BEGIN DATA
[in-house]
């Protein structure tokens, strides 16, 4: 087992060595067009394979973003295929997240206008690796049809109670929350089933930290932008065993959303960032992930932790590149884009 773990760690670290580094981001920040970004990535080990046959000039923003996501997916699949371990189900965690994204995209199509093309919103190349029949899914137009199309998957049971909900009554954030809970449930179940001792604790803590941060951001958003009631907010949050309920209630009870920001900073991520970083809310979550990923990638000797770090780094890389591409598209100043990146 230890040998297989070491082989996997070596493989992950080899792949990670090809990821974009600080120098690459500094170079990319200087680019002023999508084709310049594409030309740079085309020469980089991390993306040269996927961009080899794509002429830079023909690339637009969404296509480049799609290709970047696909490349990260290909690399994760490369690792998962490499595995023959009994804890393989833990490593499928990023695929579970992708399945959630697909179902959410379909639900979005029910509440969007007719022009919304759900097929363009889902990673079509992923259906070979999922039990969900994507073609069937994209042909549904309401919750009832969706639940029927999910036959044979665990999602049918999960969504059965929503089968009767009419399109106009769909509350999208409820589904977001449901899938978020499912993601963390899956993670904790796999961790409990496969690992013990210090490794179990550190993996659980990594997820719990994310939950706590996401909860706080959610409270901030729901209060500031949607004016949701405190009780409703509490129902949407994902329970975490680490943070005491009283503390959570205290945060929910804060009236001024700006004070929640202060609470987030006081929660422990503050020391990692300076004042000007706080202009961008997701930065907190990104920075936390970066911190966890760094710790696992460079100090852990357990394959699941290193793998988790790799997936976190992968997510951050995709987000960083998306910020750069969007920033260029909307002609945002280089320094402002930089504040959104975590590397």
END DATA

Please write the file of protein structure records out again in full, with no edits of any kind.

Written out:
[in-house]
């Protein structure tokens, strides 16, 4: 087992060595067009394979973003295929997240206008690796049809109670929350089933930290932008065993959303960032992930932790590149884009 773990760690670290580094981001920040970004990535080990046959000039923003996501997916699949371990189900965690994204995209199509093309919103190349029949899914137009199309998957049971909900009554954030809970449930179940001792604790803590941060951001958003009631907010949050309920209630009870920001900073991520970083809310979550990923990638000797770090780094890389591409598209100043990146 230890040998297989070491082989996997070596493989992950080899792949990670090809990821974009600080120098690459500094170079990319200087680019002023999508084709310049594409030309740079085309020469980089991390993306040269996927961009080899794509002429830079023909690339637009969404296509480049799609290709970047696909490349990260290909690399994760490369690792998962490499595995023959009994804890393989833990490593499928990023695929579970992708399945959630697909179902959410379909639900979005029910509440969007007719022009919304759900097929363009889902990673079509992923259906070979999922039990969900994507073609069937994209042909549904309401919750009832969706639940029927999910036959044979665990999602049918999960969504059965929503089968009767009419399109106009769909509350999208409820589904977001449901899938978020499912993601963390899956993670904790796999961790409990496969690992013990210090490794179990550190993996659980990594997820719990994310939950706590996401909860706080959610409270901030729901209060500031949607004016949701405190009780409703509490129902949407994902329970975490680490943070005491009283503390959570205290945060929910804060009236001024700006004070929640202060609470987030006081929660422990503050020391990692300076004042000007706080202009961008997701930065907190990104920075936390970066911190966890760094710790696992460079100090852990357990394959699941290193793998988790790799997936976190992968997510951050995709987000960083998306910020750069969007920033260029909307002609945002280089320094402002930089504040959104975590590397």